Slovak PM reaffirms new chapter in relations

In interview ahead of meeting with Kyriakos Mitsotakis, Slovak Prime Minister says country backs Greece over Turkey’s East Med activities

Slovak PM reaffirms new chapter in relations

Slovak Prime Minister Eduard Heger hails a “new chapter” in his country’s relationship with Greece. Heger met Thursday with Kyriakos Mitsotakis in Athens – the first such meeting between the leaders of the two countries in 10 years. In an exclusive interview with Kathimerini, he says Slovakia “stands and will stand fully by Greece and Cyprus in response to illegal drilling activities by Turkey in the Eastern Mediterranean.” On the migration issue, Heger emphasizes the need for “European solutions” and notes that “no one wants a repeat of 2015.” Referring to the upcoming discussions on the reform of the European Union’s fiscal rulebook, he highlights the continuing importance of sound public finances. Finally, Heger explains the reasons for the low rate of vaccination in Slovakia and why his government has not opted for mandatory vaccination policies.

Bilateral ties have gone through a difficult phase, punctuated by Greece’s financial crisis and the subsequent refugee crisis. Is your visit a sign of more promising days ahead? In which areas should we expect to see closer cooperation between the two countries?

Exactly! I believe it is time to give our relationship new dynamics after years when our ties had been put rather on hold at the highest political level and none of the recent governments cared. The last meeting of prime ministers dates back to 2011 on the sidelines of the European Council. Ten years later we are in a completely different context. Here I want to acknowledge difficult structural reforms that Greece has undergone over these years. The euro crisis perhaps caught us in Slovakia too soon after we joined the eurozone in 2009. For us, they were very new and difficult times politically. It is no secret the Slovak government fell apart in 2011 over a bailout program for Greece. Then the migration crisis came and the relationship suffered again.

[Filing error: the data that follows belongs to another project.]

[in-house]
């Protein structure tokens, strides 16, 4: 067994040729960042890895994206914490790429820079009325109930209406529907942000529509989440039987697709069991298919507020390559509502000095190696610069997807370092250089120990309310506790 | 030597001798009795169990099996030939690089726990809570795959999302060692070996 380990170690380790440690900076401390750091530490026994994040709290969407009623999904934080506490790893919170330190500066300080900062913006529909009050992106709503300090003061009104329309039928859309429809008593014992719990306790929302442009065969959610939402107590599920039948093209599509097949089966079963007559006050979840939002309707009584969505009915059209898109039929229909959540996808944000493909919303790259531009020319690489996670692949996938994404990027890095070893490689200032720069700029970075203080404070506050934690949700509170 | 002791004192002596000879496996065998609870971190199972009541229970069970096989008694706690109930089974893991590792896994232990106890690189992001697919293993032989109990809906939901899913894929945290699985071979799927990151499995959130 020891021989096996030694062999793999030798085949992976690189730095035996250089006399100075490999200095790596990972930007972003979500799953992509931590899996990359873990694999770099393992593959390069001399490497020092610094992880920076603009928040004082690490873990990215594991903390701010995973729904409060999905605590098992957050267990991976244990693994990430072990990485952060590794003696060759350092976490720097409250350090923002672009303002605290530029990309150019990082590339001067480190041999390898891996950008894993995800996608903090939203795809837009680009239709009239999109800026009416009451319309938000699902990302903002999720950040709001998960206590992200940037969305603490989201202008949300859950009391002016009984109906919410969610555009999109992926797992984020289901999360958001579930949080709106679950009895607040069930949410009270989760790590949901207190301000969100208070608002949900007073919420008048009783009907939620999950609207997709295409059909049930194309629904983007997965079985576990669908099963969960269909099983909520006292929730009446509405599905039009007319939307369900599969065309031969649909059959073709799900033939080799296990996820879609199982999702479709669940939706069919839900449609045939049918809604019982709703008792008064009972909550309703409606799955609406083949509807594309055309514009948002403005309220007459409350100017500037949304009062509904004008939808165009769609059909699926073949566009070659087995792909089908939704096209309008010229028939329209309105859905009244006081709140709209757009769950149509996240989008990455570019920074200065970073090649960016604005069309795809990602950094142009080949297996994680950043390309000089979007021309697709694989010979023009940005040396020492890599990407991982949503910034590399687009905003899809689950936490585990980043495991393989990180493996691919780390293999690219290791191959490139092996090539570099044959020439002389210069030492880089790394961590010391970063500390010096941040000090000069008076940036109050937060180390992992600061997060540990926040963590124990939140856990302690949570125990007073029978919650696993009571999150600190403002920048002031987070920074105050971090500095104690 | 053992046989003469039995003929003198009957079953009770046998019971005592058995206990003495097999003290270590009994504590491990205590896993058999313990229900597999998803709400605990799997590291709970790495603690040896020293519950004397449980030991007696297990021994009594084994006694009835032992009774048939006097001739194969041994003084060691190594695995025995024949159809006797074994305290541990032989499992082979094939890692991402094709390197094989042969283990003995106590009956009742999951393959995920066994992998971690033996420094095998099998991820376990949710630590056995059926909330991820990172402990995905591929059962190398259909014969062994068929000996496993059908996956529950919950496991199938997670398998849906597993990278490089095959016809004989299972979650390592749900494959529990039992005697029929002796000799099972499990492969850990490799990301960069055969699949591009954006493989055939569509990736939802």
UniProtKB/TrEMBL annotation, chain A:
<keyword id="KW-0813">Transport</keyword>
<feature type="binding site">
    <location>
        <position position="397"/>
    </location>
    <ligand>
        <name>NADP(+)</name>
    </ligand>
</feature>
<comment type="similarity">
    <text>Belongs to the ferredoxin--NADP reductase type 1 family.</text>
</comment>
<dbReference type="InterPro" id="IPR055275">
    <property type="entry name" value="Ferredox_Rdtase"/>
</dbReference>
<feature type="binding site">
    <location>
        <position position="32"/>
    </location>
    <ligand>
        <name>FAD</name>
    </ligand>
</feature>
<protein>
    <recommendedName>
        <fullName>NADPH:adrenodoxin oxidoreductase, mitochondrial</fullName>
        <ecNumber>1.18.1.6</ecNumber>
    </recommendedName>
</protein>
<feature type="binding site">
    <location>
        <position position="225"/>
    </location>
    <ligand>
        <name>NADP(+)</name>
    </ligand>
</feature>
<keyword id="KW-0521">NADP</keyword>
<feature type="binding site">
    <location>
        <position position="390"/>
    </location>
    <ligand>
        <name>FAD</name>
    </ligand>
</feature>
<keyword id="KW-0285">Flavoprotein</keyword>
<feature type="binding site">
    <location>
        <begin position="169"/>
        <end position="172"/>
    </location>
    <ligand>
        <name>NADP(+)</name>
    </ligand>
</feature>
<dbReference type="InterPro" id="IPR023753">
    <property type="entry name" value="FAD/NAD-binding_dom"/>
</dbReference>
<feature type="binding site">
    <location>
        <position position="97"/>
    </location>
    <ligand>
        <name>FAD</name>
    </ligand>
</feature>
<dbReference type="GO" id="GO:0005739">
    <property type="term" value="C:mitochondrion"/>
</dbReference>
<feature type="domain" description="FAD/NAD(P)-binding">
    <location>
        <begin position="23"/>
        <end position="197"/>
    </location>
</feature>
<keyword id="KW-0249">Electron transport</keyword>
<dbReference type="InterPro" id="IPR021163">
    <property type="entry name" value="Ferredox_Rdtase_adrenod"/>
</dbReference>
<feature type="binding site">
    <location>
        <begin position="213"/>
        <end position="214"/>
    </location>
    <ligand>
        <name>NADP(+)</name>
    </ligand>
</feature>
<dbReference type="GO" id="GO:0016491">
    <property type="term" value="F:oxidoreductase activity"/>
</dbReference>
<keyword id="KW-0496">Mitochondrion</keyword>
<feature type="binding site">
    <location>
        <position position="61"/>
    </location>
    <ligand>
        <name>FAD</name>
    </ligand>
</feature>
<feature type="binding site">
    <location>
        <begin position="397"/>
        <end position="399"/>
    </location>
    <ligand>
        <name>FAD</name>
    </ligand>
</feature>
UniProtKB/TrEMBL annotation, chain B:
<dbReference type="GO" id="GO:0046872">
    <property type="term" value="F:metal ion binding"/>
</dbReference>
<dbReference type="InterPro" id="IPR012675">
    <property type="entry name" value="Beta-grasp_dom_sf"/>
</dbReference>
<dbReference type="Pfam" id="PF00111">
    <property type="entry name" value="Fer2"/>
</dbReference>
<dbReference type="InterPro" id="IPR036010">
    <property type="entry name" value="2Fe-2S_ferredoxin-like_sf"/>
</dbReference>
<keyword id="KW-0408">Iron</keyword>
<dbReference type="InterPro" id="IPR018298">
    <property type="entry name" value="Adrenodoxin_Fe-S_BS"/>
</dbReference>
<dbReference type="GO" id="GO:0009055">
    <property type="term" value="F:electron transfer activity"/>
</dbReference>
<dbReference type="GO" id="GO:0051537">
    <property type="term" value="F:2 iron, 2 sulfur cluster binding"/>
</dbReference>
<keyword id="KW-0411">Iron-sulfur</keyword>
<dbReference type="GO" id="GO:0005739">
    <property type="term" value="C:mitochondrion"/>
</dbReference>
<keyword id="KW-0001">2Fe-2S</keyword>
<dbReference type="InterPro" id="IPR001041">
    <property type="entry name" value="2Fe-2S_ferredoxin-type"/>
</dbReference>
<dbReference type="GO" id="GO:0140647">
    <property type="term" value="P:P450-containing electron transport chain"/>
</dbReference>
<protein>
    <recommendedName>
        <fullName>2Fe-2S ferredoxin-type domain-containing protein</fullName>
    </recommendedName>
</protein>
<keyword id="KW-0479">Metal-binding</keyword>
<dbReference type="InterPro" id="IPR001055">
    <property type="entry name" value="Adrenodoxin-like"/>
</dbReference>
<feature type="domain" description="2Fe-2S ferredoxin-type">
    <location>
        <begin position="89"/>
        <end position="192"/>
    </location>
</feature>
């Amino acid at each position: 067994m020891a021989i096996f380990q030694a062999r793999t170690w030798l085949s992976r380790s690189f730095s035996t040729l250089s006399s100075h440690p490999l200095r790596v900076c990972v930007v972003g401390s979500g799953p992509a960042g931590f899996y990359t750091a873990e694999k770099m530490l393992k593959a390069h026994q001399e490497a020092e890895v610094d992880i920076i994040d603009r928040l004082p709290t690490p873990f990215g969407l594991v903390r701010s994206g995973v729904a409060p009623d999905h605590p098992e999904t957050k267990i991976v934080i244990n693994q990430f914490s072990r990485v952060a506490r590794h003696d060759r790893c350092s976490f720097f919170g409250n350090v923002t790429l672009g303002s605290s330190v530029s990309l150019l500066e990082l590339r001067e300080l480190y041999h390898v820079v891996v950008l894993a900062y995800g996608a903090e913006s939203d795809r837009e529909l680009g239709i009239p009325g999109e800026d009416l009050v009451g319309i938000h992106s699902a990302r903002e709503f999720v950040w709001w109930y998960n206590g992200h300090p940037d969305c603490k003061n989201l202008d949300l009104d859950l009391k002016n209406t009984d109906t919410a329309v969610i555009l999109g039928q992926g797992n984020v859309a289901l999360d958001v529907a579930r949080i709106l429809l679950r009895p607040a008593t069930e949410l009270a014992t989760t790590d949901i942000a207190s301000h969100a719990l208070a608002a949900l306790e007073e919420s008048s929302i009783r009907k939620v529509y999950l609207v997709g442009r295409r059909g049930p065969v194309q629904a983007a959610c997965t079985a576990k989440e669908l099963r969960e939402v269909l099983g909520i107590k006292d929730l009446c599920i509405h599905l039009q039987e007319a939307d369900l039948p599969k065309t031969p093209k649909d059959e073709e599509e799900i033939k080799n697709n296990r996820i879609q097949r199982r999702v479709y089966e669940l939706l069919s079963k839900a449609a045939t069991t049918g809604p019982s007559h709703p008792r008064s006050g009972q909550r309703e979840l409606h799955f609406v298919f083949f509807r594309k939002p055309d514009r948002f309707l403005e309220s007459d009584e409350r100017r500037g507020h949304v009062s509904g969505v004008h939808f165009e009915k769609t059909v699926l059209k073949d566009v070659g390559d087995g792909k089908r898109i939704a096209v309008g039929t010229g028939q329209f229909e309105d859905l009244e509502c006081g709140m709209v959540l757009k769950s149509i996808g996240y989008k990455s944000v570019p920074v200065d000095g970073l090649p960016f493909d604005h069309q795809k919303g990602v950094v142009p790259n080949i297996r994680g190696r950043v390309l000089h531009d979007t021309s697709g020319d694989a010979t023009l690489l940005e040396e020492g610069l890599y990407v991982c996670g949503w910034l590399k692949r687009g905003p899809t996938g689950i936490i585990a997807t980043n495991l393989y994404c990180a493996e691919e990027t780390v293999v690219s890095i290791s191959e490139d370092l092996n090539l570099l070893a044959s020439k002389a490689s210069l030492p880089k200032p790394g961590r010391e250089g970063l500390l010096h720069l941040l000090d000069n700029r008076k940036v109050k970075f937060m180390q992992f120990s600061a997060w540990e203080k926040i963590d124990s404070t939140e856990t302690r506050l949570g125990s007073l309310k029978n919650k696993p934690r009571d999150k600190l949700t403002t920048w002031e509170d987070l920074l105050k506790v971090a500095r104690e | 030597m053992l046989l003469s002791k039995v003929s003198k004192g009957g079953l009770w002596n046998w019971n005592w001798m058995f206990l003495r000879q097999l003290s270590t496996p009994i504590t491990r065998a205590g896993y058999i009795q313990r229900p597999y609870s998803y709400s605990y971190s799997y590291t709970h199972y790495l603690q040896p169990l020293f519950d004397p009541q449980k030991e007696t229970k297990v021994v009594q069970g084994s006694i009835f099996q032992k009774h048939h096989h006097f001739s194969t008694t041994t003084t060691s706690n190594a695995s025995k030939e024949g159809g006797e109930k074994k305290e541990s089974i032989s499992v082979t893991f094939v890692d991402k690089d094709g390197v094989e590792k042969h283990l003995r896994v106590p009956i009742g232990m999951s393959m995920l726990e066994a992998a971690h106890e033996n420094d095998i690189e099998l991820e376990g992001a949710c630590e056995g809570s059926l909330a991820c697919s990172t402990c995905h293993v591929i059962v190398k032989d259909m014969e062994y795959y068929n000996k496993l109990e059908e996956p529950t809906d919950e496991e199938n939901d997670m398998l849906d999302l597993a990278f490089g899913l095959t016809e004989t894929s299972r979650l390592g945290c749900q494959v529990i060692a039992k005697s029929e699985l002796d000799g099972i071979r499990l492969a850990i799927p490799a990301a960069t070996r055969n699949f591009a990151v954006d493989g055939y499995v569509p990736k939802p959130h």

A new approach was brought by Igor Matovic as prime minister, who made very clear that Slovakia stands and will stand fully by Greece and Cyprus in response to illegal drilling activities by Turkey in the Eastern Mediterranean. We will always be vocal on any breach of international law. I want to use this visit to reaffirm this new chapter. This is my first official visit outside the region and Brussels. I want to make sure we have partners also in the Mediterranean. Our relationship should be based on cooperation in areas relevant to both countries. If we wish to achieve climate neutrality, we must do that together and we must also find concrete ways to cooperate. In the summer we sent an unprecedented team of 75 firefighters with 30 vehicles to fight the severe fires in Greece. This is also leading us to wider cooperation on the climate agenda, where forests, although far from exclusively, will play an important role in achieving our objectives. In addition, I also see potential in looking for ways how to transform coal regions we both have in common. We can learn from each other and with each other. It is also important to work on new possibilities for tourism and to prepare for the post-pandemic period. Greece is the third most popular holiday destination of the Slovaks. There is still more we can do to create new business opportunities on both sides. I am looking forward to discussing these more in detail with Prime Minister Mitsotakis.

Slovakia recently signed a letter by eight finance ministers pushing back against the loosening of the Stability and Growth Pact. Can the recovery be sustained and the investments necessary for the green transition be made without a change in the rules – or in the way they are interpreted?

Unprecedented fiscal support has been rightly implemented to combat the Covid-19 crisis; however, its impact on our public finances cannot be ignored. In my view, it is important to continue to apply measures that support the economic recovery, for as long as necessary. In this regard, we must keep in mind fiscal sustainability over the long run. I would like to stress that the recovery should not be built at the expense of our future generations. Sound public finances remain one of the key pillars of EU membership and create additional space for policy priorities and upcoming challenges.

The effective and timely implementation of the recovery and resilience plans focusing on both reforms and investments is crucial for the future of Slovakia, as well as for other EU member-states, as they represent a major fiscal stimulus for our economies.

Regarding the future of EU fiscal policies, I acknowledge that the situation is still uncertain, but I think that there is the momentum to resume the discussions on SGP reform, which however shouldn’t be linked to the deactivation of the general escape clause (i.e. return to existing EU fiscal rules). The outcome of these deliberations should be a rules-based framework, which would be predictable, simplified and enforceable. This would allow for incentivizing pro-growth policies while at the same time safeguarding sustainability of public finances.

How concerned are you about the rise in energy prices? Is there a role for the EU in cushioning the blow for consumers? Do you think this further complicates the path toward agreement on Fit for 55?